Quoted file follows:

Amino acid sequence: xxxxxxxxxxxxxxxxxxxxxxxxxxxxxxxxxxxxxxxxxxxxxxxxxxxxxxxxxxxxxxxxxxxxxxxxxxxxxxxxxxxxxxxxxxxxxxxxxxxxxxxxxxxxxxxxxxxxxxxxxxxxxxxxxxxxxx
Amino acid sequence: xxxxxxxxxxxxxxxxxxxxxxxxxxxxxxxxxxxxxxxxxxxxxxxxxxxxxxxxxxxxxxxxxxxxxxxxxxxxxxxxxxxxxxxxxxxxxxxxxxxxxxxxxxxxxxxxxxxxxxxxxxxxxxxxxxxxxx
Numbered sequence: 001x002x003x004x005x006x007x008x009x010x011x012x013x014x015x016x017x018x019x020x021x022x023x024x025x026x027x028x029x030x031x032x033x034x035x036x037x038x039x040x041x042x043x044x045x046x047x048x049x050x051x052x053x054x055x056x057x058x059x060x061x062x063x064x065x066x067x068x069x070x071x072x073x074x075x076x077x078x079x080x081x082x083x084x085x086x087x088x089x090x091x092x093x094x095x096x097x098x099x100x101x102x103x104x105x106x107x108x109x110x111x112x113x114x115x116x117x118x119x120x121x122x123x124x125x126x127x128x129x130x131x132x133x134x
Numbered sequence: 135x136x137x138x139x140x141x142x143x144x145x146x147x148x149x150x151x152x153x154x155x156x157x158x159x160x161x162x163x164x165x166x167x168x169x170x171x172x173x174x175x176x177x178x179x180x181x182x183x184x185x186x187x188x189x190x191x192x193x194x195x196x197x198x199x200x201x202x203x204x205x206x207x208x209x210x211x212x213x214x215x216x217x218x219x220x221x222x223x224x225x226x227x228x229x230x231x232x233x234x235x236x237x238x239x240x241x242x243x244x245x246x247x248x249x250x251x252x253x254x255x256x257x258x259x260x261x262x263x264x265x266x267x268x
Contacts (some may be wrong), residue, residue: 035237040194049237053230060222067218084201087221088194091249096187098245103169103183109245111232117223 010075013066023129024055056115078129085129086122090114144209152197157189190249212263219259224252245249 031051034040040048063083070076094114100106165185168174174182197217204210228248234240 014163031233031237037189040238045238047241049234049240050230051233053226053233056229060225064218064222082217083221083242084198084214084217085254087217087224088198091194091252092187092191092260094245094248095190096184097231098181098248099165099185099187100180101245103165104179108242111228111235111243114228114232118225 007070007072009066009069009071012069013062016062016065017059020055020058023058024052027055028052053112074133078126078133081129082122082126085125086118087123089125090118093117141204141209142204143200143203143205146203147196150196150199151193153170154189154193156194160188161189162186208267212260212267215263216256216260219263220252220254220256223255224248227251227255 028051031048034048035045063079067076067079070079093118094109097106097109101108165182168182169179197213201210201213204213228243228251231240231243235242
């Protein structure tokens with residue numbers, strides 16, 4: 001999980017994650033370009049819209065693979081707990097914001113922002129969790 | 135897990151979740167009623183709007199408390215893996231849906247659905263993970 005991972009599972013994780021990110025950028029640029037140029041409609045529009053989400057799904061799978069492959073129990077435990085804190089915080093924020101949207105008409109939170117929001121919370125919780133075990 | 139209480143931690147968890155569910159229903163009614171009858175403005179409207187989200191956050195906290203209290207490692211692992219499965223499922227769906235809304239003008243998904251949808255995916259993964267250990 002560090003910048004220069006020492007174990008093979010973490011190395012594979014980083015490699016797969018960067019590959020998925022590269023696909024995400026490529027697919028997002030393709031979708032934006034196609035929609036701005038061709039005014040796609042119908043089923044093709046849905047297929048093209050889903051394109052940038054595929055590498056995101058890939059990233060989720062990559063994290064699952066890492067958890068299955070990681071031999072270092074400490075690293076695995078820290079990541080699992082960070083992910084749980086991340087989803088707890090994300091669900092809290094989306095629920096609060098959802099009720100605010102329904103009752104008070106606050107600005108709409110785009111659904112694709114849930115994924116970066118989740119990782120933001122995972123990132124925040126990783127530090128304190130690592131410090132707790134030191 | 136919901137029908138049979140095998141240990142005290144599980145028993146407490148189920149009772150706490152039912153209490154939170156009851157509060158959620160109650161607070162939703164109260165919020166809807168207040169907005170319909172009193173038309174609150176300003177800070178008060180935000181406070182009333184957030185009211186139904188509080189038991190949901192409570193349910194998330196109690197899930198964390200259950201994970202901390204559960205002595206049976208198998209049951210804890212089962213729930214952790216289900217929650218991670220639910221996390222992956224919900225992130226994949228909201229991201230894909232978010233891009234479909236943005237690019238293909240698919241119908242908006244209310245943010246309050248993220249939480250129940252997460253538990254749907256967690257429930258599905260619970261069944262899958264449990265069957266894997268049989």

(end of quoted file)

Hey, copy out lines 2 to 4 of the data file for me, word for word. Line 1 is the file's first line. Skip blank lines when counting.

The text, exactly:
Amino acid sequence: xxxxxxxxxxxxxxxxxxxxxxxxxxxxxxxxxxxxxxxxxxxxxxxxxxxxxxxxxxxxxxxxxxxxxxxxxxxxxxxxxxxxxxxxxxxxxxxxxxxxxxxxxxxxxxxxxxxxxxxxxxxxxxxxxxxxxx
Numbered sequence: 001x002x003x004x005x006x007x008x009x010x011x012x013x014x015x016x017x018x019x020x021x022x023x024x025x026x027x028x029x030x031x032x033x034x035x036x037x038x039x040x041x042x043x044x045x046x047x048x049x050x051x052x053x054x055x056x057x058x059x060x061x062x063x064x065x066x067x068x069x070x071x072x073x074x075x076x077x078x079x080x081x082x083x084x085x086x087x088x089x090x091x092x093x094x095x096x097x098x099x100x101x102x103x104x105x106x107x108x109x110x111x112x113x114x115x116x117x118x119x120x121x122x123x124x125x126x127x128x129x130x131x132x133x134x
Numbered sequence: 135x136x137x138x139x140x141x142x143x144x145x146x147x148x149x150x151x152x153x154x155x156x157x158x159x160x161x162x163x164x165x166x167x168x169x170x171x172x173x174x175x176x177x178x179x180x181x182x183x184x185x186x187x188x189x190x191x192x193x194x195x196x197x198x199x200x201x202x203x204x205x206x207x208x209x210x211x212x213x214x215x216x217x218x219x220x221x222x223x224x225x226x227x228x229x230x231x232x233x234x235x236x237x238x239x240x241x242x243x244x245x246x247x248x249x250x251x252x253x254x255x256x257x258x259x260x261x262x263x264x265x266x267x268x